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Essential Trades

Workers continue to provide services during pandemic

Students can complete the Lineman Training Program in a matter of weeks and be on their way to providing safe and reliable electricity. Photo: Tim Webb
KCTCS trains students in fields from welding, to industrial maintenance technology. Photo: Link-Belt Cranes
Kentucky’s Touchstone Energy Cooperatives and KCTCS partner on the Lineman Training Program at Hazard, Maysville and Somerset community colleges. Photo: EKPC
KCTCS trains students in fields from welding, to industrial maintenance technology. Photo: Maysville Community and Technical College
The need for HVAC services is as high as ever and schools like Maysville Community and Technical College are especially equipped to train the workforce. Photo: MCTC
Kentucky’s Touchstone Energy Cooperatives and KCTCS partner on the Lineman Training Program at Hazard, Maysville and Somerset community colleges. Photo: Tim Webb

When many businesses across Kentucky shuttered on March 23 to prevent the spread of COVID-19, lots of Kentuckians still got up every morning and headed to work. Yes, doctors, nurses and health care workers were on the front lines fighting the disease caused by the novel coronavirus, but there were other unseen heroes keeping the lights on, the air conditioning units buzzing and critical manufacturing lines running. Electricians, lineworkers, welders, plumbers and heating-air conditioning personnel are among those who have worked throughout the pandemic with added safeguards to mitigate this ongoing public health crisis. 

“Hygiene and sanitation have always been a big issue with service workers like plumbers and electricians,” says Russ Ward, campus director at the Rowan (County) Campus of Maysville Community and Technical College, served by Fleming-Mason Energy. “That’s what we teach. The tools are just an extension of you. It’s the person behind the tool that makes industry work.” 

Most plumbers, for example, who work on drainage and sewage systems, already take precautions to prevent contact with dangerous pathogens in wastewater.

Electricians, lineworkers and welders also wear personal protective equipment such as gloves and face shields when they work with certain materials that are harmful if inhaled or touched directly. 

At Fannins’ Plumbing, Heating, & Electrical Co. in Paintsville, Joseph Lee Fannin, his mother and brother operate the business started by his grandfather in 1974.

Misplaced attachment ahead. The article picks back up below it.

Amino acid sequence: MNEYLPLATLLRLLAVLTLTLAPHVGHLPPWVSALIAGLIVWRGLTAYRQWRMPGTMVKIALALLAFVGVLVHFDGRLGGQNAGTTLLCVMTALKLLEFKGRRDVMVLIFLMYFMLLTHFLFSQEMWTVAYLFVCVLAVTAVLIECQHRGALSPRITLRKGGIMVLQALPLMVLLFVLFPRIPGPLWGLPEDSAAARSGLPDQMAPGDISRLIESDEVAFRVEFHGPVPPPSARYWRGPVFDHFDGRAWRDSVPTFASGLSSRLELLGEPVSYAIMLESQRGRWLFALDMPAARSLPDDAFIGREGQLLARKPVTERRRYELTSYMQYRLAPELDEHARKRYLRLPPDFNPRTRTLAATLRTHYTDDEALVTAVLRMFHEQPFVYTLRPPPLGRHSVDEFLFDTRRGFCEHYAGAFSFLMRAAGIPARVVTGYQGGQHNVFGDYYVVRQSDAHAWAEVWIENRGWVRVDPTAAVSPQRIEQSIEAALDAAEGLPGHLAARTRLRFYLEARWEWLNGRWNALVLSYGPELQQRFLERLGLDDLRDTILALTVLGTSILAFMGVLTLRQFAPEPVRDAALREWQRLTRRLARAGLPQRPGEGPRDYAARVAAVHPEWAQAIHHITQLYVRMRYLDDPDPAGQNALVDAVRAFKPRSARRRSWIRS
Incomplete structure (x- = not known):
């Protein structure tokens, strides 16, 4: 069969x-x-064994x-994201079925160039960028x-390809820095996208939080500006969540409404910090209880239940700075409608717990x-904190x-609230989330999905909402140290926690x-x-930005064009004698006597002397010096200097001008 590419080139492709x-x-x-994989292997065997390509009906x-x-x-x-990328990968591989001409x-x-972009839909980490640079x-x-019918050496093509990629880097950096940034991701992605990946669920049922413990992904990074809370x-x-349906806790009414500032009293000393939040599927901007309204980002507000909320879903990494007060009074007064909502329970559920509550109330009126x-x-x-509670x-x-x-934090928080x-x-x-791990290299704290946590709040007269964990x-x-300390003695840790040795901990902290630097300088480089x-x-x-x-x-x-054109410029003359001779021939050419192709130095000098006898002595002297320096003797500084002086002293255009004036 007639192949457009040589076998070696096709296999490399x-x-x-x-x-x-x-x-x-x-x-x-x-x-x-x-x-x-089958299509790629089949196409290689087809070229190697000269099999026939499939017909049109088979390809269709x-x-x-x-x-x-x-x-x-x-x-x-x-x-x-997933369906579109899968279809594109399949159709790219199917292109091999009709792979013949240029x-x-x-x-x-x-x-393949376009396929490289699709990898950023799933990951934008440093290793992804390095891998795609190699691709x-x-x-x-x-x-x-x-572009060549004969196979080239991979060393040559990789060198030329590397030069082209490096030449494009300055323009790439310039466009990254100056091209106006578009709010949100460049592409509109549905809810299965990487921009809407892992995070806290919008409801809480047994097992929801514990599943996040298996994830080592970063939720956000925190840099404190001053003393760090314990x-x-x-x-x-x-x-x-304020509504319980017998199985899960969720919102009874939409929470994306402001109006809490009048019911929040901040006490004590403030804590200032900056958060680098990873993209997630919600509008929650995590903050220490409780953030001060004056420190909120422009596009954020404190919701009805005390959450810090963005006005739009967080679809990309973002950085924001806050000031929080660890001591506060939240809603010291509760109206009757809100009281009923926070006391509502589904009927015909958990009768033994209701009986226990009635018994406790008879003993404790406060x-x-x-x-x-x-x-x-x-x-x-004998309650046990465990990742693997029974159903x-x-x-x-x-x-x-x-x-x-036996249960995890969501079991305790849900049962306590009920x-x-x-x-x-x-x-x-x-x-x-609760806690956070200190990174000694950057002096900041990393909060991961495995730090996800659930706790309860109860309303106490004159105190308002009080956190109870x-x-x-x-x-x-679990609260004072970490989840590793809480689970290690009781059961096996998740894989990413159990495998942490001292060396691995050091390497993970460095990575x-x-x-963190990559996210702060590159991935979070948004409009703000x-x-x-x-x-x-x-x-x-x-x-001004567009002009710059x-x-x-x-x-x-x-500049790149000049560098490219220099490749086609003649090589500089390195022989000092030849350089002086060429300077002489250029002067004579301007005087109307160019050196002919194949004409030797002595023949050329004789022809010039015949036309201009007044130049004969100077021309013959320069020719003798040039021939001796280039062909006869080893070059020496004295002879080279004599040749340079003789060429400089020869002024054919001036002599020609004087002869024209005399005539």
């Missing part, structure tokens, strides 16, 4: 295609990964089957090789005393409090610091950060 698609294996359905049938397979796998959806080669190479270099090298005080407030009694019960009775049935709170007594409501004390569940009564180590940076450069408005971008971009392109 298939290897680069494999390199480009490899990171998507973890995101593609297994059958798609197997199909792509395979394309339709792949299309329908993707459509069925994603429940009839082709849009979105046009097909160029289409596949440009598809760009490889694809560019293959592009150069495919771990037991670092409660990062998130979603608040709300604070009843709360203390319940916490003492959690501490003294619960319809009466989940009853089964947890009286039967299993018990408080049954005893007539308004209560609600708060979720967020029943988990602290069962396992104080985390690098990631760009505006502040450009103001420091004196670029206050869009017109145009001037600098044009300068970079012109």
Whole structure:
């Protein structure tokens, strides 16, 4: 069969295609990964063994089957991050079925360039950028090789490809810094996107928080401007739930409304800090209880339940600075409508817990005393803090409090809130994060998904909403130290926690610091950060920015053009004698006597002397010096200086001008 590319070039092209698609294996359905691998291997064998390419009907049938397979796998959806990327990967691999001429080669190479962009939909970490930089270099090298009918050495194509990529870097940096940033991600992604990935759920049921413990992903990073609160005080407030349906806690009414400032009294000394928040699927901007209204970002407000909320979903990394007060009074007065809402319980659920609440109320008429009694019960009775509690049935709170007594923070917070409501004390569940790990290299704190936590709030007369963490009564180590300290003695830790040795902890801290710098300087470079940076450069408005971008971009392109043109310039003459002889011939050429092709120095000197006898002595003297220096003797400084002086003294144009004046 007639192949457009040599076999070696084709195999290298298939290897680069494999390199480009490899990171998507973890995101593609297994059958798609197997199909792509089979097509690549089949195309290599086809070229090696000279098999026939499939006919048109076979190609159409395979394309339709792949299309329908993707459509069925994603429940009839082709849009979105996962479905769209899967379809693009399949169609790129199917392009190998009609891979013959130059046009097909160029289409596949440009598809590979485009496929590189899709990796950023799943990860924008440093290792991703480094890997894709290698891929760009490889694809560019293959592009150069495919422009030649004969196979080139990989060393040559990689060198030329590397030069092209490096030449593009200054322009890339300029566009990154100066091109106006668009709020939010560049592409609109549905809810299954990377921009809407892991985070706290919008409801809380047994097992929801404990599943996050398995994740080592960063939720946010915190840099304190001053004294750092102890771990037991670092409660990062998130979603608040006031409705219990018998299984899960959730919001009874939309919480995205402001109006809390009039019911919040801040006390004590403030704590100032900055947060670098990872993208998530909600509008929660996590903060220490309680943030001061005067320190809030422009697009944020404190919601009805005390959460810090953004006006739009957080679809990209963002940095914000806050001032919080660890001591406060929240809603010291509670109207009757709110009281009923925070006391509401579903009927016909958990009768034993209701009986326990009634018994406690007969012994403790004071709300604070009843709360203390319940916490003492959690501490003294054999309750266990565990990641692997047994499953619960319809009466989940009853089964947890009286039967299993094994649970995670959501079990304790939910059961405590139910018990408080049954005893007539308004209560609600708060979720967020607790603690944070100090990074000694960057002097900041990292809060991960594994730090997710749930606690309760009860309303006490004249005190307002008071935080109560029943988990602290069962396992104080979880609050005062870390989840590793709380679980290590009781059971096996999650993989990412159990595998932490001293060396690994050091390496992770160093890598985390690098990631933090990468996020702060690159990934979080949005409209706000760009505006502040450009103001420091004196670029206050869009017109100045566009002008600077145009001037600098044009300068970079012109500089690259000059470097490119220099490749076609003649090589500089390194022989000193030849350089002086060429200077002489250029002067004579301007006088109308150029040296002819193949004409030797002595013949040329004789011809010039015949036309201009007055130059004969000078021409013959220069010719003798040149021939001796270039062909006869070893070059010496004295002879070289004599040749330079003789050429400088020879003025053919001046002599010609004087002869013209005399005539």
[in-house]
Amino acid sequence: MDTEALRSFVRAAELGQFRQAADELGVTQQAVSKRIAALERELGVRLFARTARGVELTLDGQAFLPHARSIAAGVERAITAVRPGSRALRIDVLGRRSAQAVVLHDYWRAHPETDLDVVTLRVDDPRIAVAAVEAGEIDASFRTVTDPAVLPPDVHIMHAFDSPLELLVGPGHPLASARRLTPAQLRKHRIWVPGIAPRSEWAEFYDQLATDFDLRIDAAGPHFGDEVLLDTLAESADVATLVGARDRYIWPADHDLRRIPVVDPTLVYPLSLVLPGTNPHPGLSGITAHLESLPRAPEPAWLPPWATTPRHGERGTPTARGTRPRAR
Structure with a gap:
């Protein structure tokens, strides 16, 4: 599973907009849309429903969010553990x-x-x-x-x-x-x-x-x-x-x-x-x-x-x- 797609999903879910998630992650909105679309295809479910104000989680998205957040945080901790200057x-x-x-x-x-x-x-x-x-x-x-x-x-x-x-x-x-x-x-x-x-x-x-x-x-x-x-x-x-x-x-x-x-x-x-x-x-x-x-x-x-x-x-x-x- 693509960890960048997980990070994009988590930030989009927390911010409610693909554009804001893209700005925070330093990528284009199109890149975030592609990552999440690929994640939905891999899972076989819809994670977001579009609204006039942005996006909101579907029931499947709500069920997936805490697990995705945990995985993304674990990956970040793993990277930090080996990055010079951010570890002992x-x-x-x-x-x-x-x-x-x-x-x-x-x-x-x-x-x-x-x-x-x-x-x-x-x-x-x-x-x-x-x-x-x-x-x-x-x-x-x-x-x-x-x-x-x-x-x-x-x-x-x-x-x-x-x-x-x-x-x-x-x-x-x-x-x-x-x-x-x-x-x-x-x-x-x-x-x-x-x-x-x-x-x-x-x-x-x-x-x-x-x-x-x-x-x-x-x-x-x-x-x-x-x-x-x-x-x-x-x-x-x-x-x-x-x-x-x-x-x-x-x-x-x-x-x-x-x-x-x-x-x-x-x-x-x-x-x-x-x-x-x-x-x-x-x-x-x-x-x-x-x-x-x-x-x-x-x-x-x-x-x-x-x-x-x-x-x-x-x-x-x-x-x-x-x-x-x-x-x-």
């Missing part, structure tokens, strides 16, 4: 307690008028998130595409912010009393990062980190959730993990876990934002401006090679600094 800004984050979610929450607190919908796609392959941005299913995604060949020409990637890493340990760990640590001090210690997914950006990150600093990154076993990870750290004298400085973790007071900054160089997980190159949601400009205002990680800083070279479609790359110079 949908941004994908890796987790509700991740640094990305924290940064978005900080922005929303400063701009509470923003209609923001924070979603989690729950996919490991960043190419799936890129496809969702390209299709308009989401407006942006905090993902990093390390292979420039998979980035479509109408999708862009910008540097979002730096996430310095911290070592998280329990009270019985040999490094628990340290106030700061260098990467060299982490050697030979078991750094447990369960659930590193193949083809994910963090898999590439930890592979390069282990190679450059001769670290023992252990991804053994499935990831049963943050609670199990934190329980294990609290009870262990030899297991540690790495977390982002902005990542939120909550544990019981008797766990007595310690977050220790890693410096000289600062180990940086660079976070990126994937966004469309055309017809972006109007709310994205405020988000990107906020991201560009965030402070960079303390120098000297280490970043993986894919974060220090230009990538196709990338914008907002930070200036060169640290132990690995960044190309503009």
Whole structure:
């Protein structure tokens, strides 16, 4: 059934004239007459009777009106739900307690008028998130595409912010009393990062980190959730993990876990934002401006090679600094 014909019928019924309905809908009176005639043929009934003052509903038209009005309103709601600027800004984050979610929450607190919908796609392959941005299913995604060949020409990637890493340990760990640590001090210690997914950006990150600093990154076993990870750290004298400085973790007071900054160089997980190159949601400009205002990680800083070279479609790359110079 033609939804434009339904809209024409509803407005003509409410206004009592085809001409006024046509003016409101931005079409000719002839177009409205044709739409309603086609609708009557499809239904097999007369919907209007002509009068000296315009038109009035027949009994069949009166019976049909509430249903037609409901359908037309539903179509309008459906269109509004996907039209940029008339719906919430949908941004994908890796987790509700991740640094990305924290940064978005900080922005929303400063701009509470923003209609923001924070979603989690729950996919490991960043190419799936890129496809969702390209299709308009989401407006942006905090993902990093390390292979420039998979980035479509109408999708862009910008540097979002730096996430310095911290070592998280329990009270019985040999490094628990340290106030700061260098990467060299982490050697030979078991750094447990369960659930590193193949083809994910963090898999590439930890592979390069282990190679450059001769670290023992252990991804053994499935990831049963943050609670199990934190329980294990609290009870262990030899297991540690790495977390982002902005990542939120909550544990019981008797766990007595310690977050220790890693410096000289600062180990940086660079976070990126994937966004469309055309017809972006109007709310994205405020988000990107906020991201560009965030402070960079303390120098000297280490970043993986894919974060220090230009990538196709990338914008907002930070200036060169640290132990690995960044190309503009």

“Communication has always been important for us as a business, but it is the key now,” says Fannin. 

When a customer calls for service or an estimate, Fannin outlines what his crew will need to do and then asks them if they’re OK with service personnel coming in the home. 

“Some people want you in their house; some people don’t. Some people think it’s a big deal, and others don’t,” he says. 

As a mechanical service provider and contractor, Fannin’s business, with its crew of 20 employees, was exempted from initial COVID-19 closure orders by Gov. Andy Beshear, but not every job required workers to interact with the customer. 

“There are certain applications where one guy is working outside and wouldn’t be in contact with anyone, but even then, we provided our guys with face masks, gloves and hand sanitizer no matter where they were going,” Fannin says. 

An older woman in Johnson County recently called Fannin for an estimate on some work she needed done at her house, asking if his employees would wear masks. 

“I told her we would take every precaution and she said, ‘Good. My husband and I are both in our 80s. We can’t get this. It will kill us.’” 

Welded to the job 

State and federal guidelines deem many other types of industries essential during the pandemic, encompassing Lexington’s Link-Belt Cranes, which designs, manufactures and sells telescopic and lattice boom cranes. Welder Blanca Sanchez Estrada has been on the job at Link- Belt through the public health crisis. 

She was supposed to graduate from Maysville Community and Technical College with the event scheduled in early May. 

“With the coronavirus, they had to cancel it, and we don’t know if we’ll have the ceremony,” Estrada says. 

But even before she graduated, she had been placed by SMX Staffing as a welder at Link-Belt Cranes. 

“I have always liked tools since I was a little girl, and I knew welding was a good job,” says Estrada. 

In 2017, Estrada started to learn English as a second language at Morehead State University’s Adult Learning Center. When Nick Pecco, the welding instructor at Maysville Community and Technical College, gave a talk at the center about the welding industry, Estrada knew she wanted to pursue a degree in the field.